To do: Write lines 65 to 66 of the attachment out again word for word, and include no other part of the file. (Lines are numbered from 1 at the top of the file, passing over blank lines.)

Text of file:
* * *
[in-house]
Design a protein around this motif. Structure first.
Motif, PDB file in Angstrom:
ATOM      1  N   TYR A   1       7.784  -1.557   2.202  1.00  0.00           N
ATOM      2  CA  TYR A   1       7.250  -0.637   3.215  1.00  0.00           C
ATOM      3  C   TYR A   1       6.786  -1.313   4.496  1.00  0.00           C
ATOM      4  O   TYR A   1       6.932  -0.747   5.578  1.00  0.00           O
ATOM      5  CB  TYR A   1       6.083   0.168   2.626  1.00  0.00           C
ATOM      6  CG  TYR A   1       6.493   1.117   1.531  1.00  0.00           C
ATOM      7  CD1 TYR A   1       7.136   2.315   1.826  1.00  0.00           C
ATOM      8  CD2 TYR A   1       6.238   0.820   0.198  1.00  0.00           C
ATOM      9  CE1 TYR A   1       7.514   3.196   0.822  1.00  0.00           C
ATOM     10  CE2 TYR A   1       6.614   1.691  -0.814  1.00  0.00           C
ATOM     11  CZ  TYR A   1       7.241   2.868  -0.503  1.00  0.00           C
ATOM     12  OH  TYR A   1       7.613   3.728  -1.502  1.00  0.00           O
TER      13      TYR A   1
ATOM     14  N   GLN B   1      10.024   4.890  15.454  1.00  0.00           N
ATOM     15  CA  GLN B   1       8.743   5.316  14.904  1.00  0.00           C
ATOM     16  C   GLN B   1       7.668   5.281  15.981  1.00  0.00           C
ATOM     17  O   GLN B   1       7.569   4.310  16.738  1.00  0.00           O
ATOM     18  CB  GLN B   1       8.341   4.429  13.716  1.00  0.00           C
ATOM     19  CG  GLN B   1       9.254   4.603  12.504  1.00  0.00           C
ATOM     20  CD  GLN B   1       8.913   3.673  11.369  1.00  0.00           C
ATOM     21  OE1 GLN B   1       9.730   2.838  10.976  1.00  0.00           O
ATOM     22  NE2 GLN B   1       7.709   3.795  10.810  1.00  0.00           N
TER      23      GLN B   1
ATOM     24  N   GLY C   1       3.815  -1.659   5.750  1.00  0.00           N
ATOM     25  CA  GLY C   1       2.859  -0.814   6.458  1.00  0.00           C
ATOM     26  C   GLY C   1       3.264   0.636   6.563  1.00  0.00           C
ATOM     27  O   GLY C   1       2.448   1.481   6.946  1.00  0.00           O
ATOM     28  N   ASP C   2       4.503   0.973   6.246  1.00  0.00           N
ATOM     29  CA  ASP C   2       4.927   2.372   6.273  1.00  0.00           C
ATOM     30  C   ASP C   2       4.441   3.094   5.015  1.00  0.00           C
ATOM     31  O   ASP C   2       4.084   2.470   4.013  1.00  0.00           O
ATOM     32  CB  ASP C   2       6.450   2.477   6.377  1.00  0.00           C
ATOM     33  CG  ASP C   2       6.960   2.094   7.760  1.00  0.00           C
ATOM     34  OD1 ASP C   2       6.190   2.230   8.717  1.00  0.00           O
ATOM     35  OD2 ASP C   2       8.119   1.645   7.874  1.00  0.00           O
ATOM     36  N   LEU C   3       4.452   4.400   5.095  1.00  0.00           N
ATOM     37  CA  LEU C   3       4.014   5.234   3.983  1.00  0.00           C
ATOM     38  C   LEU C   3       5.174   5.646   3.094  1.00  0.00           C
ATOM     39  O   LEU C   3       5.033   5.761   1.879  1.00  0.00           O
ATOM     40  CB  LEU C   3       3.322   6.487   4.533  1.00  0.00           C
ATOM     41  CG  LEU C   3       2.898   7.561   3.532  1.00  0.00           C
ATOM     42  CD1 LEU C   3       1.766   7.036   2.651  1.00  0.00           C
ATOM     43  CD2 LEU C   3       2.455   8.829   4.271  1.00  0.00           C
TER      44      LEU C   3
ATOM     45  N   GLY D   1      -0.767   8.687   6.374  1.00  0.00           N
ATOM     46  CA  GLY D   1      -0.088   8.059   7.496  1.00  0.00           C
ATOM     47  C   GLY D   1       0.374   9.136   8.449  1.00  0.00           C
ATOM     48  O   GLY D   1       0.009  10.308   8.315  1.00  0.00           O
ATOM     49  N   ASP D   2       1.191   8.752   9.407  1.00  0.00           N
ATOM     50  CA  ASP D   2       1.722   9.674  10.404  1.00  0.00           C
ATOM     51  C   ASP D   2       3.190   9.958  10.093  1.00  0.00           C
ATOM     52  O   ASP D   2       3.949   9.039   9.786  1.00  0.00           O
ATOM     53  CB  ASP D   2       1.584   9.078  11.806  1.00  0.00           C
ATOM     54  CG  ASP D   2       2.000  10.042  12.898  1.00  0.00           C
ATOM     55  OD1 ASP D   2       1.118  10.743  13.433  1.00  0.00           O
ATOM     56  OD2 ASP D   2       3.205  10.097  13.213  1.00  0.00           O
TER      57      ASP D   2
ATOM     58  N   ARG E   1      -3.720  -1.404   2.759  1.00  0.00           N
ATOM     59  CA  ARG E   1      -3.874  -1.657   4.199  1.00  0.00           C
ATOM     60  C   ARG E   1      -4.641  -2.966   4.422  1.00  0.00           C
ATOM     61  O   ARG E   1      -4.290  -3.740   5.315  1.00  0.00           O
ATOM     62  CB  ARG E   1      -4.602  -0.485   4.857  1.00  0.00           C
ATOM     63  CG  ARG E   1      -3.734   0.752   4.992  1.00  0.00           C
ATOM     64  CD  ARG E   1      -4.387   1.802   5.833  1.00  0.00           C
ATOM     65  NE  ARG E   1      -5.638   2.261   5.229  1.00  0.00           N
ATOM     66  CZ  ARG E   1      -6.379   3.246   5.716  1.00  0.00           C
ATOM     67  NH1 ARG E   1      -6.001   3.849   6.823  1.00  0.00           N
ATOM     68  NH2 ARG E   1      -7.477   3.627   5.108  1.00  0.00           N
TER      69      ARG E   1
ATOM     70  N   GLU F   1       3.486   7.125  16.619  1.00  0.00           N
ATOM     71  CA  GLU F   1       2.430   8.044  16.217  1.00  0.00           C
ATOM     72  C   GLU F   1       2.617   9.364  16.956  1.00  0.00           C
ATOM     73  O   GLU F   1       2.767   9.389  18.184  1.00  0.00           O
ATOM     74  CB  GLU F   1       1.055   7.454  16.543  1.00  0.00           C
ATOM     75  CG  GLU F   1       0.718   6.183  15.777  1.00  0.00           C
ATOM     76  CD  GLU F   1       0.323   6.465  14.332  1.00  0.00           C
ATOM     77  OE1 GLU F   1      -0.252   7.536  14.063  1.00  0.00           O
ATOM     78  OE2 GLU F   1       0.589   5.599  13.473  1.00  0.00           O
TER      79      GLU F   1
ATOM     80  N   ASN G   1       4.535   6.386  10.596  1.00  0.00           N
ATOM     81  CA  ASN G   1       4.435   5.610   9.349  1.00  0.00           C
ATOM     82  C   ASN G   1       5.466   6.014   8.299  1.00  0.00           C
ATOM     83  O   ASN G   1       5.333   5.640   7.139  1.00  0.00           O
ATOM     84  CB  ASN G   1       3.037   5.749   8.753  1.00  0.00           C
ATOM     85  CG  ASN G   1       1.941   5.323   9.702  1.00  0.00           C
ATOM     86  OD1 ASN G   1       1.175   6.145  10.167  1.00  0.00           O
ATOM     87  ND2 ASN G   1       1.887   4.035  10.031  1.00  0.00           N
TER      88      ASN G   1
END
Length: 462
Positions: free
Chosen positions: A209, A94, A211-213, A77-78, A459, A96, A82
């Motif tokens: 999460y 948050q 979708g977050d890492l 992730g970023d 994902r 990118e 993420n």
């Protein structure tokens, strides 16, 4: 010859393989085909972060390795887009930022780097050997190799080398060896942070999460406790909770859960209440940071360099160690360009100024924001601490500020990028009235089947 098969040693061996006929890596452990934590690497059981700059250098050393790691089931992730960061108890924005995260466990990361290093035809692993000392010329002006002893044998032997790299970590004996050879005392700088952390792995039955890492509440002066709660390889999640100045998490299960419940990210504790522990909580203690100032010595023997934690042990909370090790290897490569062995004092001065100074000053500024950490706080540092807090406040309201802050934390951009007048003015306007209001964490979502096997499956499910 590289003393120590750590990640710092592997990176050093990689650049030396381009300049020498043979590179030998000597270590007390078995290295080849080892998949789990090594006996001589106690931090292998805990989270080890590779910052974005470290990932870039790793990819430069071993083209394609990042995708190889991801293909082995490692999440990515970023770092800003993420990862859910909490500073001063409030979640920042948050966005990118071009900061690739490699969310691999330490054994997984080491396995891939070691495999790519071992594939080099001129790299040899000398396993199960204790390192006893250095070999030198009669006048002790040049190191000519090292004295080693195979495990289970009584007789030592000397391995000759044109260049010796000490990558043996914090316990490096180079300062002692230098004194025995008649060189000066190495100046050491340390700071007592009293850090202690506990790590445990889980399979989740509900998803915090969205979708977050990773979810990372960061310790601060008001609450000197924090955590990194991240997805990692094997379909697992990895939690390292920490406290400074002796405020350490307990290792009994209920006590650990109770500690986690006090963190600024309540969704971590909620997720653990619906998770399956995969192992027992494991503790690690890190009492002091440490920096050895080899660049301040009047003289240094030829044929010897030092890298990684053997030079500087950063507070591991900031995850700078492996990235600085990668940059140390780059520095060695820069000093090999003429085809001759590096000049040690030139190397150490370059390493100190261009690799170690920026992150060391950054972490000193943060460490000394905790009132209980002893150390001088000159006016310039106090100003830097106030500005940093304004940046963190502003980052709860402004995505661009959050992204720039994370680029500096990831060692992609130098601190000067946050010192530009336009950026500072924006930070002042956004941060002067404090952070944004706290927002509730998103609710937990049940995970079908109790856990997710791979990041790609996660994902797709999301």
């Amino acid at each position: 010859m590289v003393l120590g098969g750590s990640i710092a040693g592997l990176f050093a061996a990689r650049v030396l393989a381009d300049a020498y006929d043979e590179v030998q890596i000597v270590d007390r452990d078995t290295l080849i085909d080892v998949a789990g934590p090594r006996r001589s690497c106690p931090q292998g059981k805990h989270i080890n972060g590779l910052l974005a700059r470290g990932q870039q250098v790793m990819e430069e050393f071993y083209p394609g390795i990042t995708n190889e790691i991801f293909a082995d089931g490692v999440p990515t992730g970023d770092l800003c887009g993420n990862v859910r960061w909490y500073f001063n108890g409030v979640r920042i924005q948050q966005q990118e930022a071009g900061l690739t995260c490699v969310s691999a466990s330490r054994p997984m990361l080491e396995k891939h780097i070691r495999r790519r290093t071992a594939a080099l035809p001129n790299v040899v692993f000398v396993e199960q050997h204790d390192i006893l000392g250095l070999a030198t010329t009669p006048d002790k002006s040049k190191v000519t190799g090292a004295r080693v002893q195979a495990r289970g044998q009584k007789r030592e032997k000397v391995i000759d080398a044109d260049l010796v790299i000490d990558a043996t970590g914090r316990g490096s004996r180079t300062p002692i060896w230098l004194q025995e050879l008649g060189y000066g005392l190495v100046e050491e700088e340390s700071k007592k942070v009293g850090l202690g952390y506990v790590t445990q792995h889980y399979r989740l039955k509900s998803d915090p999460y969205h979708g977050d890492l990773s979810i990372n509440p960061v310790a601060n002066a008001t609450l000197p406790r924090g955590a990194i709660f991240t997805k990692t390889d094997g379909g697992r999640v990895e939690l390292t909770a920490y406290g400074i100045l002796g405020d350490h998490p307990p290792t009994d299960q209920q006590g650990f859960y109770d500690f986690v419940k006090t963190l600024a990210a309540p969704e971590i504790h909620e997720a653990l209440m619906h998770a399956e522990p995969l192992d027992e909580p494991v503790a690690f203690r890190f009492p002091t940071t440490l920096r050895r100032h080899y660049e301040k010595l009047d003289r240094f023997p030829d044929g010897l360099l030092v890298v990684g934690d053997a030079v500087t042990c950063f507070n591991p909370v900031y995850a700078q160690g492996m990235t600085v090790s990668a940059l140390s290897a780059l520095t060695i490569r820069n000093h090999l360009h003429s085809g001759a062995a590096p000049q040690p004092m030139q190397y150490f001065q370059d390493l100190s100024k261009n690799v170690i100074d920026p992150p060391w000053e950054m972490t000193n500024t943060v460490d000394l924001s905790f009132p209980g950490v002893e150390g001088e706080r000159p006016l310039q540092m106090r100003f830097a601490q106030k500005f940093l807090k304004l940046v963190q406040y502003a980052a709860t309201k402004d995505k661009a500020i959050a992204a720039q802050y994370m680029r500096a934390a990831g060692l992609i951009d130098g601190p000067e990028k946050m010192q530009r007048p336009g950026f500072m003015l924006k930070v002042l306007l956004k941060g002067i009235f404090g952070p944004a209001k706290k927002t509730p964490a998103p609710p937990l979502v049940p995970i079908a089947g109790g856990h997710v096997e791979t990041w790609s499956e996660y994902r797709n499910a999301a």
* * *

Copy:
ATOM     62  CB  ARG E   1      -4.602  -0.485   4.857  1.00  0.00           C
ATOM     63  CG  ARG E   1      -3.734   0.752   4.992  1.00  0.00           C